• Who can benefit?

RMxprt and Motor-CAD do not require strong FEA simulation skills as no boundary conditions or solution domain need to be set. Engineers with basic knowledge of electric machines can get familiar with the tools and get results very quickly.

Maxwell requires users to setup the mesh, boundary and excitations as it uses the FEA method. Engineers will need to acquire not only the basic concepts of machines but also some FEA simulation skills in order to get more reasonable results.

Summary

RMxprt: It is a template-based tool for initial electric machine designs which uses analytical analysis approach.

Maxwell: It uses FEA approach model both 2D and 3D models. It is capable of simulating either simple or mode advanced electromagnetics in electric machines.

Motor-CAD: It is suitable for initial machine designs which uses analytical and FEA methods. It can do electromagnetic, thermal and initial mechanical analysis.

Windows Update KB4571756 Triggers Error 3221227010 for Ansys Electronics Products

On September 7, 2020 Microsoft released a Windows update KB4571756, which may cause the Ansys electronic products to fail with the Error:

``3221227010 at ‘reg_ansysedt.exe’ and ‘reg_siwave.exe’ registration.``

This is the error message, users would see if they right-mouse-click and run the following file as administrator:

``C:\Program Files\AnsysEM\AnsysEM20.2\Win64\config\ConfigureThisMachine.exe``

To resolve this issue, here are the steps we recommend users take:

1. If the issue is not resolved or something your IT won’t let you do, continue to the next steps.
2. Set an environment variable that turns off the driver that is causing the error.
1. Use windows search and type “system environment” and click on “Edit the system environment variables”
2. This opens the “System Properties” tool
3. Go to the “Advanced” tab
4. Click on “Environment Variables…” at the bottom
5. In the System Variables window click on “New…”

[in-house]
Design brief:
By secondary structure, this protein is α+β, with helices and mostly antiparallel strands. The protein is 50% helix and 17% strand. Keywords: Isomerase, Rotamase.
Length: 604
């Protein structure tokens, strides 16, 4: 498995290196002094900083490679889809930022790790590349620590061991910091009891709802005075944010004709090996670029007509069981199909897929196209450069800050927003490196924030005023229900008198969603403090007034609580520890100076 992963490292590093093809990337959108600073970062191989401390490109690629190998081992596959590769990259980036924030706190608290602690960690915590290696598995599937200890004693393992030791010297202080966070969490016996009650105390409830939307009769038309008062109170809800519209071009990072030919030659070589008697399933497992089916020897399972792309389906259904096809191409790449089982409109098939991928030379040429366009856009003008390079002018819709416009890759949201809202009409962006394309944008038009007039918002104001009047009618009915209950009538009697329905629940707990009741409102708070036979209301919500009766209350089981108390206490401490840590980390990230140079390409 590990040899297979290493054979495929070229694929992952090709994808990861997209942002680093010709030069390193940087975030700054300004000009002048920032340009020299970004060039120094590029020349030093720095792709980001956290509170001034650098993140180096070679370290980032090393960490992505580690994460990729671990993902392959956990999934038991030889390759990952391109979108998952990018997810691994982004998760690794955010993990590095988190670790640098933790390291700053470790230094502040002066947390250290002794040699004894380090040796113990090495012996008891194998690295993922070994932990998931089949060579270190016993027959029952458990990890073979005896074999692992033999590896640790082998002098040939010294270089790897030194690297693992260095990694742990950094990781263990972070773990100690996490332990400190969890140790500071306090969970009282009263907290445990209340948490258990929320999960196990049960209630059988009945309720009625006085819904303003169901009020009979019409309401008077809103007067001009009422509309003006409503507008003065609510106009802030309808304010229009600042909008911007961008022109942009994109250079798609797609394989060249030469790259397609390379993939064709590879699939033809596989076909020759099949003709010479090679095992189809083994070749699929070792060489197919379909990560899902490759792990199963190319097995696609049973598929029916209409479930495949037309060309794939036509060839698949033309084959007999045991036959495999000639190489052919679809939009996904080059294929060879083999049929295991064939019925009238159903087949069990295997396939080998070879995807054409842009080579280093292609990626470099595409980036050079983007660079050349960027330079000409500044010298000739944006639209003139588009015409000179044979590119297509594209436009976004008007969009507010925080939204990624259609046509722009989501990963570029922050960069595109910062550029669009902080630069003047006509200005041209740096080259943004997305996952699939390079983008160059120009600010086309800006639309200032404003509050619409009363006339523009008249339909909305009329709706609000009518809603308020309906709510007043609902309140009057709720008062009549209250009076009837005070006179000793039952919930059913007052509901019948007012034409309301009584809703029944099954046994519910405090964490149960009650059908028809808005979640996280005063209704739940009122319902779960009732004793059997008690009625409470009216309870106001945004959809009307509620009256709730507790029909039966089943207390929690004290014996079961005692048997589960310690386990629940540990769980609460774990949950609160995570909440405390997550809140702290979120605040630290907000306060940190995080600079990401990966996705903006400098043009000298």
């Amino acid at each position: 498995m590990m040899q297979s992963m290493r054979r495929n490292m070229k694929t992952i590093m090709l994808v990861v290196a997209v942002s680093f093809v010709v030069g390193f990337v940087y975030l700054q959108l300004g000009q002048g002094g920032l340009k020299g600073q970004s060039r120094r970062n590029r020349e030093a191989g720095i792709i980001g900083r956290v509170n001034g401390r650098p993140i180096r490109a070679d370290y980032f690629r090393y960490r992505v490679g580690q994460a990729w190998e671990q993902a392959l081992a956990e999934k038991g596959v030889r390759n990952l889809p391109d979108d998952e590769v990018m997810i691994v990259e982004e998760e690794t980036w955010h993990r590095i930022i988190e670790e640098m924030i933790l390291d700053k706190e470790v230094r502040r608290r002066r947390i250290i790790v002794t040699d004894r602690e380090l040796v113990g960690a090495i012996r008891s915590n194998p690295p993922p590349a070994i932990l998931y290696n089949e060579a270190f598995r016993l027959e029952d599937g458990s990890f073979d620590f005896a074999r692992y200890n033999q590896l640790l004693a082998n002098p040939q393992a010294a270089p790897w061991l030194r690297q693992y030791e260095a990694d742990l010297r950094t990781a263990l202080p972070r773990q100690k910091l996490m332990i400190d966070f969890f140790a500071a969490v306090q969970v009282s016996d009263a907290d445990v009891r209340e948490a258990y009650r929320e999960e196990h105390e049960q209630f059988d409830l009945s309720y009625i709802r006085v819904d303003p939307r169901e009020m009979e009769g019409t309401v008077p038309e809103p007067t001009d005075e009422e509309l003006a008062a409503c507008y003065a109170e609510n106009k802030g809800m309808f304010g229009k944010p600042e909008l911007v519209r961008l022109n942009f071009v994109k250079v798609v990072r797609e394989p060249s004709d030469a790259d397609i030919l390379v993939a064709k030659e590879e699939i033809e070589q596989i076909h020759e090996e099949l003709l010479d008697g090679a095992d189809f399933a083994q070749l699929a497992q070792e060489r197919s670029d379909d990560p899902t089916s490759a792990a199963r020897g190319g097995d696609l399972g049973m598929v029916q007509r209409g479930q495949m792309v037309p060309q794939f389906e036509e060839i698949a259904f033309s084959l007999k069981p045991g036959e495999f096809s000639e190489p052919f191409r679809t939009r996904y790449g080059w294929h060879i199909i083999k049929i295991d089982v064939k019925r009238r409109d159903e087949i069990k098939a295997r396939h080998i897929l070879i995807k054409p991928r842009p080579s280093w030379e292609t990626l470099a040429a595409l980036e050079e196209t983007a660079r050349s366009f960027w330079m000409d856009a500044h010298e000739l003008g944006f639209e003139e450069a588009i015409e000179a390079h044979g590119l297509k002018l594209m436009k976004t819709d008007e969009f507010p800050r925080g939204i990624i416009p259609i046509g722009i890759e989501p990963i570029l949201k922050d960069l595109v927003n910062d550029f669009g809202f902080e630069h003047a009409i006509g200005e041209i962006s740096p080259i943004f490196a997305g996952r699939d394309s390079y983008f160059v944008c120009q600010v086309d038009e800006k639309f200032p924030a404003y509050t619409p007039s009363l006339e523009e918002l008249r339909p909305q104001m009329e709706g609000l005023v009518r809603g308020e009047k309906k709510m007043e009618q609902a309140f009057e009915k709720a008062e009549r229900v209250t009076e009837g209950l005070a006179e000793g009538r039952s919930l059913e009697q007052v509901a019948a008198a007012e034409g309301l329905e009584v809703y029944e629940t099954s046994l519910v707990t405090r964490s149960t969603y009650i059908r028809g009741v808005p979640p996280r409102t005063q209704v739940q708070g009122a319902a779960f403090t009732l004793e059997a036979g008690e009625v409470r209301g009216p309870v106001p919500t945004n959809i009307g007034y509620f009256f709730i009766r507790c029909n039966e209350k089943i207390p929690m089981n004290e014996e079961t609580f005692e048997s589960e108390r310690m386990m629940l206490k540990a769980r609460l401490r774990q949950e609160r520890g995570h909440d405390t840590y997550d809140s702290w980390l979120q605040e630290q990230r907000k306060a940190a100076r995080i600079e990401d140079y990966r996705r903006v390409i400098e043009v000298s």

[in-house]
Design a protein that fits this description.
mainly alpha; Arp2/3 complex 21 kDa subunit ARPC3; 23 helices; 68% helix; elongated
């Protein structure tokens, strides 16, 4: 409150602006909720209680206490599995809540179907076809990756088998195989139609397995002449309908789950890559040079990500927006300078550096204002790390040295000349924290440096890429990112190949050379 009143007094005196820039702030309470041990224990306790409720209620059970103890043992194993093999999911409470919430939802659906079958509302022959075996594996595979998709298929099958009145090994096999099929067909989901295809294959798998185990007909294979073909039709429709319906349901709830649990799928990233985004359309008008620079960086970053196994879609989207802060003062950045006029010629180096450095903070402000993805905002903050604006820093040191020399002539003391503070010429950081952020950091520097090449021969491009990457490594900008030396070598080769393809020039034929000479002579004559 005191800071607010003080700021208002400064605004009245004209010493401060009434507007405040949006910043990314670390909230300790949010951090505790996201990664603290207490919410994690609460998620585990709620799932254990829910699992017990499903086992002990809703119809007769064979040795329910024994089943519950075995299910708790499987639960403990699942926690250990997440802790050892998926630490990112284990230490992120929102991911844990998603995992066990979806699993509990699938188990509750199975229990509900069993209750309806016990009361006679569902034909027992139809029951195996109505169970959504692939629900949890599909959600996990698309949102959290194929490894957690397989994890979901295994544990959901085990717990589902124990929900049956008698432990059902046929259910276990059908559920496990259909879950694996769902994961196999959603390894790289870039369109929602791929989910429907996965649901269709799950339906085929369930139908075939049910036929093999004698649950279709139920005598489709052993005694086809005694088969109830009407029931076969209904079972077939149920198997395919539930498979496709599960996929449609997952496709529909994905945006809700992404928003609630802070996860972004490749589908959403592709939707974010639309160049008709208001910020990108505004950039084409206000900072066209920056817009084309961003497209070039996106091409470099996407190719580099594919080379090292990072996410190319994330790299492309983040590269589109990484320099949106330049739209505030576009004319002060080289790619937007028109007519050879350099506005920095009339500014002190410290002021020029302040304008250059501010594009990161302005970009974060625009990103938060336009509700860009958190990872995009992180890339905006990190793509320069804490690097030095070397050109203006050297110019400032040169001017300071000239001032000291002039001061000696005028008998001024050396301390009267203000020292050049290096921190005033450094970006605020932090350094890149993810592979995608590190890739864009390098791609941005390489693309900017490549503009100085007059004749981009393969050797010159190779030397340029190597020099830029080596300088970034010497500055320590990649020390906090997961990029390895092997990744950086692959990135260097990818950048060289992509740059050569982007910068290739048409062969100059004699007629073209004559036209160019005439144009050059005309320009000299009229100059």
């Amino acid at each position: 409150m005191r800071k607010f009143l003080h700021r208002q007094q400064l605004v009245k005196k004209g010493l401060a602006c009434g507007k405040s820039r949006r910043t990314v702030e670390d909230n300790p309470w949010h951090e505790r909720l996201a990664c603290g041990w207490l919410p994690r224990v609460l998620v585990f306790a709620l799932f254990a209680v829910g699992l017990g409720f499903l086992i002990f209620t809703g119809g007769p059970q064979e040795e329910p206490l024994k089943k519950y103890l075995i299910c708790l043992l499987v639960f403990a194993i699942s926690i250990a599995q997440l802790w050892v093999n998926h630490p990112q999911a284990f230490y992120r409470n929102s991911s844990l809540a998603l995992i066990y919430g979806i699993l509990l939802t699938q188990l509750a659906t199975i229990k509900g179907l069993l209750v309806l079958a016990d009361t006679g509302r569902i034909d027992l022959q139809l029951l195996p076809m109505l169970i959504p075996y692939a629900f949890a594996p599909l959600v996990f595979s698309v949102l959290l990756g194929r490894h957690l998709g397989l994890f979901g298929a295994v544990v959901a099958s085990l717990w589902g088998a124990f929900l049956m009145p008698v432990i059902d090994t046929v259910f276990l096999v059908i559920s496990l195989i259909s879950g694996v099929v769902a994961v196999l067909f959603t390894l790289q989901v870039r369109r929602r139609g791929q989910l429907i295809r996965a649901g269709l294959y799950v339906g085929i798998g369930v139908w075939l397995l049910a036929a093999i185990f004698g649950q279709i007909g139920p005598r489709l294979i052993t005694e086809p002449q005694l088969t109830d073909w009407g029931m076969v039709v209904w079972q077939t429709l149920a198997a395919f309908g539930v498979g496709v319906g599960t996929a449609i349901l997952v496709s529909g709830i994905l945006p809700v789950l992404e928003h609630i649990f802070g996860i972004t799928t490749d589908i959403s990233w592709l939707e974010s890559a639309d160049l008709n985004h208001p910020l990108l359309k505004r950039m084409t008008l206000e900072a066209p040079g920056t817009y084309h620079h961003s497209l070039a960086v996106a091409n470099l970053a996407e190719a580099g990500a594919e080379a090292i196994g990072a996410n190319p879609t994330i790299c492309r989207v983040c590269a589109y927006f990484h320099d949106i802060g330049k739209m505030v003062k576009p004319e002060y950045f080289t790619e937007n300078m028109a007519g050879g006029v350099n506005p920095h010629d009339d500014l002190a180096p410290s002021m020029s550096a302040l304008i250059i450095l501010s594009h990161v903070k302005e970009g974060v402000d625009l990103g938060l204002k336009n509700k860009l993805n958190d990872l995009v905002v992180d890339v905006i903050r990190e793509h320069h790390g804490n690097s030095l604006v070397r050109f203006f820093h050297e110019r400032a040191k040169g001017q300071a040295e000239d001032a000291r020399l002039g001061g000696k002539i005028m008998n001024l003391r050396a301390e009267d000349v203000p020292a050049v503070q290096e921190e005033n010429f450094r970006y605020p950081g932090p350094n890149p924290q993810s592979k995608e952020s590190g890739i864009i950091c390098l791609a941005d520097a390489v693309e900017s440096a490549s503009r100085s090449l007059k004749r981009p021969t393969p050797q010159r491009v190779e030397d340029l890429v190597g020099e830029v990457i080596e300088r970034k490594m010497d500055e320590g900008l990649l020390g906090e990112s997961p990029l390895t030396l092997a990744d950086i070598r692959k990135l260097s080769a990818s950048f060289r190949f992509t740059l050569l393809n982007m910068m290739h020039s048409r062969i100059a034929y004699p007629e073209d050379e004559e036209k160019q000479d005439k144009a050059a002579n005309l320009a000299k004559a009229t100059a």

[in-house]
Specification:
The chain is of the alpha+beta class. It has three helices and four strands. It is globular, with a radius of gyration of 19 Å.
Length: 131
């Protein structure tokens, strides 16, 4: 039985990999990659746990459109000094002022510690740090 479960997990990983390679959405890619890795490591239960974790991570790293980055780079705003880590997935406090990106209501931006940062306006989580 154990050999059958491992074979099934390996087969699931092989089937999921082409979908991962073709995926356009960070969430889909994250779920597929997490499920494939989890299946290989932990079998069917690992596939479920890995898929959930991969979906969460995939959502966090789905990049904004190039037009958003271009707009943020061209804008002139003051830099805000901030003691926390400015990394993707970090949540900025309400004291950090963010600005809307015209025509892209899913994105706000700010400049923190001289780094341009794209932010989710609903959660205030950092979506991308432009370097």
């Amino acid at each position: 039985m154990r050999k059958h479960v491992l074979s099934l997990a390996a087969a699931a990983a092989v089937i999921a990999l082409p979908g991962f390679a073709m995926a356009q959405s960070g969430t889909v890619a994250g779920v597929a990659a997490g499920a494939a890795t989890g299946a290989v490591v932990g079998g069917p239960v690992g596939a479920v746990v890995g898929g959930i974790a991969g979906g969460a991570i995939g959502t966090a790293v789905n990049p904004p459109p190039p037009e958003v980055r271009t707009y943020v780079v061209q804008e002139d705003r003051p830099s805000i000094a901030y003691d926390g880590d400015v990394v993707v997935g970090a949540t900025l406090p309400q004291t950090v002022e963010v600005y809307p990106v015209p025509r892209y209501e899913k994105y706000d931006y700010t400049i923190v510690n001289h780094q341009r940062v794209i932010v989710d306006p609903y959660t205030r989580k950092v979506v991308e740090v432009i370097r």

6. Create the following variable:

Variable Value: 1
7. Click OK 3 times to exit out of the tool and save your changes.
3. If the issue is still not resolved, there is one more step:
1. Go to C:\Program Files\AnsysEM\AnsysEM20.2\Win64\config\
2. Right-Mouse-Click on “ConfigureThisMachine.exe” and run as Admin.

If these steps helped to resolve the issue, you will see the following info message when ‘ConfigureThisMachine.exe’ is run:

Video Tips – Two-way connection between Solidworks and ANSYS HFSS

This video will show you how you can set up a two-way connection between Solidworks and ANSYS HFSS so you can modify dimensions as you are iterating through designs from within HFSS itself. This prevents the need for creating several different CAD model iterations within Solidworks and allows a more seamless workflow.  Note that this process also works for the other ANSYS Electromagnetic tools such as ANSYS Maxwell.

ANSYS 17.2 Executable Paths on Linux

When running on a machine with a Linux operating system, it is not uncommon for users to want to run from the command line or with a shell script. To do this you need to know where the actual executable files are located. Based on a request from a customer, we have tried to coalesce the major ANSYS product executables that can be run via command line on Linux into a single list:

ANSYS Workbench (Includes ANSYS Mechanical, Fluent, CFX, Polyflow, Icepak, Autodyn, Composite PrepPost, DesignXplorer, DesignModeler, etc.):

/ansys_inc/v172/Framework/bin/Linux64/runwb2

ANSYS Mechanical APDL, a.k.a. ANSYS ‘classic’:

/ansys_inc/v172/ansys/bin/launcher172 (brings up the MAPDL launcher menu)
/ansys_inc/v172/ansys/bin/mapdl (launches ANSYS MAPDL)

CFX Standalone:

/ansys_inc/v172/CFX/bin/cfx5

Autodyn Standalone:

/ansys_inc/v172/autodyn/bin/autodyn172

Note: A required argument for Autodyn is –I {ident-name}

Fluent Standalone (Fluent Launcher):

/ansys_inc/v172/fluent/bin/fluent

Icepak Standalone:

/ansys_inc/v172/Icepak/bin/icepak

Polyflow Standalone:

/ansys_inc/v172/polyflow/bin/polyflow/polyflow < my.dat

Chemkin:

/ansys_inc/v172/reaction/chemkinpro.linuxx8664/bin/chemkinpro_setup.ksh

Forte:

/ansys_inc/v172/reaction/forte.linuxx8664/bin/forte.sh

TGRID:

/ansys_inc/v172/tgrid/bin/tgrid

ANSYS Electronics Desktop (for Ansoft tools, e.g. Maxwell, HFSS)

/ansys_inc/v172/AnsysEM/AnsysEM17.2/Linux64/ansysedt

SIWave:

/ansys_inc/v172/AnsysEM/AnsysEM17.2/Linux64/siwave